Here it is....the big one. The absolute reason Gooey Cookies are gooey:
You know and I know that when the craving hits, and you want those cookies, you do NOT want to sit around and wait for them to chill, but the cookies you buy at your local bakery or grocery store all have this one thing in common: they actually bake the pucks of dough from a frozen state. I worked in many of them, and I now understand why this is so necessary. Some bakeries do use stabilizers and a person with a good cookie palate will probably taste them in a side by side test of fresh versus commercially processed. The preservatives aren't added to keep the cookie soft, but they make a gooey cookie stay gooey longer.
Ideally, your cookies need to chill for about 24 hours (Note: the recipe says an hour, this is also OK as long as the dough is VERY cold and VERY firm). If I were to be honest, I often freeze the dough just until firm in Pyrex container like this and scoop it onto sheet pans once its like a brick.
The colder and more relaxed the dough is, the more the outside will bake before the inside giving you that perfect crispy border around a really soft cookie.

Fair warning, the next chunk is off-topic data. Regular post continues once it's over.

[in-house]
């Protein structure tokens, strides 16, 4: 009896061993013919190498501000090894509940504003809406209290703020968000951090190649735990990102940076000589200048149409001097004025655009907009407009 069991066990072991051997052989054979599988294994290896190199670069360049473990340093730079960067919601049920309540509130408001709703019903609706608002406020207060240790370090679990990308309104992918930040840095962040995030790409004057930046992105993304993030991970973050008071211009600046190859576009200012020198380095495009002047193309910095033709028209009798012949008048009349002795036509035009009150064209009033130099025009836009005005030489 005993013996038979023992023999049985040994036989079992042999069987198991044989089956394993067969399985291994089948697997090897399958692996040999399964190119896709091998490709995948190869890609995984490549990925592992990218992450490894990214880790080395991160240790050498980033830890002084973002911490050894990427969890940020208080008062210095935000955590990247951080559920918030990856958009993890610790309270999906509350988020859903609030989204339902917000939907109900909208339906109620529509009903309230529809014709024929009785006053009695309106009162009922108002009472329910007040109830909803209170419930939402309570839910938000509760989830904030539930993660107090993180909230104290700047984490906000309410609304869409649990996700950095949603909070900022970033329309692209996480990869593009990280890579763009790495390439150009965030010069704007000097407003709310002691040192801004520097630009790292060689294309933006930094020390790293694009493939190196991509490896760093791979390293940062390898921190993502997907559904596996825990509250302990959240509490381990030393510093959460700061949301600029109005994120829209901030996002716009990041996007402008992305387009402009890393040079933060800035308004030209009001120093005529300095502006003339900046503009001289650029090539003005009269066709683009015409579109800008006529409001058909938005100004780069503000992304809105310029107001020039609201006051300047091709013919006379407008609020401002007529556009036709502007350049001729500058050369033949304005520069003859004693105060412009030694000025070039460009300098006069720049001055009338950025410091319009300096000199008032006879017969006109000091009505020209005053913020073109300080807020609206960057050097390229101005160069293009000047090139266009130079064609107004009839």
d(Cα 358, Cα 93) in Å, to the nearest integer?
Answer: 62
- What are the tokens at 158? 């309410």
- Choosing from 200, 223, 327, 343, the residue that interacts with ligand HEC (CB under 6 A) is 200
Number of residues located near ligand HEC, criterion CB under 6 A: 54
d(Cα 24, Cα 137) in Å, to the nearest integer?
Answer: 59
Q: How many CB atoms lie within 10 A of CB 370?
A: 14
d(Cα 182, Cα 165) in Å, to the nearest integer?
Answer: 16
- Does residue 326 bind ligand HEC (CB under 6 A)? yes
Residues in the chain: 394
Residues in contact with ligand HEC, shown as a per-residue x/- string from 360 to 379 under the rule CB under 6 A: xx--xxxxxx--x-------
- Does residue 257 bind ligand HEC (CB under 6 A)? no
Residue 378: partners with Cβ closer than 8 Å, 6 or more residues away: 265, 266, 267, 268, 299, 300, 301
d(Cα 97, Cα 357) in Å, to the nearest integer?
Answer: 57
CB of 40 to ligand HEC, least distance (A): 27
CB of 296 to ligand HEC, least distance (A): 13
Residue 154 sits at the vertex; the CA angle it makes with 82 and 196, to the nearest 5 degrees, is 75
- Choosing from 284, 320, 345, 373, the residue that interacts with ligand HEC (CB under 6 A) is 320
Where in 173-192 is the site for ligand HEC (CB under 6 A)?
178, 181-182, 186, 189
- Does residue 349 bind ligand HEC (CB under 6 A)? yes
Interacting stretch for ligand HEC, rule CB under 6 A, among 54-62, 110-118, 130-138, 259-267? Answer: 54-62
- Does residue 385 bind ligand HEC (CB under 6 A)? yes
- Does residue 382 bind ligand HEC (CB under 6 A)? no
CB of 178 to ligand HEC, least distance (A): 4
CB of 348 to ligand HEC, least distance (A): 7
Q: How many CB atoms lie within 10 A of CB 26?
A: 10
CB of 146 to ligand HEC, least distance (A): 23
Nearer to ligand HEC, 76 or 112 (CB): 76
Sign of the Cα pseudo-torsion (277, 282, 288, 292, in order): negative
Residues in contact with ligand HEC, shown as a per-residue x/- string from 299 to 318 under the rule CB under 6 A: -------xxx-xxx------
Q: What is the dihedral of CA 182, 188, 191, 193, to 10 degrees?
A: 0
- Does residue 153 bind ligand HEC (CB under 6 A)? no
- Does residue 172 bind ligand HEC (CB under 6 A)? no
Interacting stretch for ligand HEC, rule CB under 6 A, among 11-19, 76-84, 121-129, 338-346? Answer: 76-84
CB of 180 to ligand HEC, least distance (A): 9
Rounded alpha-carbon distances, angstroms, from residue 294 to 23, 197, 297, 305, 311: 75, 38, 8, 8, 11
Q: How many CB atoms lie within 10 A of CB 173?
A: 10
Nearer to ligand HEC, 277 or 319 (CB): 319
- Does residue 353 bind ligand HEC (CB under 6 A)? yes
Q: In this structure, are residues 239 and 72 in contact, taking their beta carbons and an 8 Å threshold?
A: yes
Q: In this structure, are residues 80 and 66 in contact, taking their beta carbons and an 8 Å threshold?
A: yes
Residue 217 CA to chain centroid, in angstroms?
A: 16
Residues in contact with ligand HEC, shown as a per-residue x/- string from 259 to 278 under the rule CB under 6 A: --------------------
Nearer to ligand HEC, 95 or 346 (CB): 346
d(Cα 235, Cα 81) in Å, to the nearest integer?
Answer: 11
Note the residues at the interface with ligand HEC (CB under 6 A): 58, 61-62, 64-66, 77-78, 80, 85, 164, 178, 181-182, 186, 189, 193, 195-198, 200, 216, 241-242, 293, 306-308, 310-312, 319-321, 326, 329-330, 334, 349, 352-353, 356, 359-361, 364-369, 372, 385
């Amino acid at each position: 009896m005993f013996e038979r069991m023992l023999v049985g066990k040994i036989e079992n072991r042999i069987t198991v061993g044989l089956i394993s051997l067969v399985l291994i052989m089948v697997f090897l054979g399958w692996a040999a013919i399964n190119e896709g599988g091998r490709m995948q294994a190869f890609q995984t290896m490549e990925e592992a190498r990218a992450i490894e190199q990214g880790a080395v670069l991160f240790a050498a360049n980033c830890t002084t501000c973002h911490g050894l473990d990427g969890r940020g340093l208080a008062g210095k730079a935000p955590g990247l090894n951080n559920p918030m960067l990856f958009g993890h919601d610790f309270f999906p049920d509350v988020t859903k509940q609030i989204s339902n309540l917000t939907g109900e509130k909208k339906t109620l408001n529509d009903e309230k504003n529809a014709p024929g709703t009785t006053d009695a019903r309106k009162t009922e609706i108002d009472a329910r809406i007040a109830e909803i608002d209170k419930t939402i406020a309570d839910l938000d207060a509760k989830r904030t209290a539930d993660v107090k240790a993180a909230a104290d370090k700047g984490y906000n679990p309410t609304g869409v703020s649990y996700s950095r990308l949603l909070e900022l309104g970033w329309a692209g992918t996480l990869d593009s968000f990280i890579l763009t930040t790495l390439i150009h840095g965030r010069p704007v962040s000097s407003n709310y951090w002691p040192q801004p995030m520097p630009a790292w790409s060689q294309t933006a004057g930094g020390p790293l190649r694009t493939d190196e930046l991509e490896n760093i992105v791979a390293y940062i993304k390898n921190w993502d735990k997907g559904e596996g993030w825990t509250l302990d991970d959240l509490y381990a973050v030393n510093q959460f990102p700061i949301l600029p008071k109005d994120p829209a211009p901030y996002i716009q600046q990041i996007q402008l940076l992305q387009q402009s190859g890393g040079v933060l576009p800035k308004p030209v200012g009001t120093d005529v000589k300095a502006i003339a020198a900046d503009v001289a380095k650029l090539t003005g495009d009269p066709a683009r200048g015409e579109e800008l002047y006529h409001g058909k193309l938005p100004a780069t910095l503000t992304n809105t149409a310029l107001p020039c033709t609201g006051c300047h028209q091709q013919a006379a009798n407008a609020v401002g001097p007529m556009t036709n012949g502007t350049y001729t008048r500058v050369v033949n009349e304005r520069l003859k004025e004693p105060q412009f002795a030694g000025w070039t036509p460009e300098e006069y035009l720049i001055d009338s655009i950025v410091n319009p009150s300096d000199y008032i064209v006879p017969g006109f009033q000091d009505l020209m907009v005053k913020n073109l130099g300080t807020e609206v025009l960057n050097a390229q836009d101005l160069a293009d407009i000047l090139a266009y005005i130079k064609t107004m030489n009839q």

I should also note that baking them to perfection is a skill. I recommend setting a timer the first few times you bake cookies for about 3/4 of the amount of baking time. Your oven may run hotter or you may be at a different elevation than me which would drastically change the outcome and baking time. By rule, bake these cookies until the outside edge has a slight ring of golden brown and the inside is still shiny but not mushy/raw. If you pull a pan out that is still raw, your cookies will stick to the pan or fall apart. This is your cue to bake the next batch longer. If your cookies are golden brown all throughout, they will be slightly crispy and overdone (to this recipes standards).
Of course in my house, it is our ritual to nab a few off the cooling rack less than 10 minutes after the come out of the oven and enjoy with a nice cold glass of milk.
So, give it a try and stop wasting money on buckets of cookie dough and ruined batches of cookies. Don't look for the most obscure or strange ingredients, and avoid anything that says "Hack." You just need one standard recipe you can turn to that you trust.
That recipe is at the bottom of this post.
If your cookies turn out amazing, leave a picture below and share the recipe with your friends. If they don't come out and you still don't understand why, feel free to reach out to me with pictures of your bake. I would love to help you out.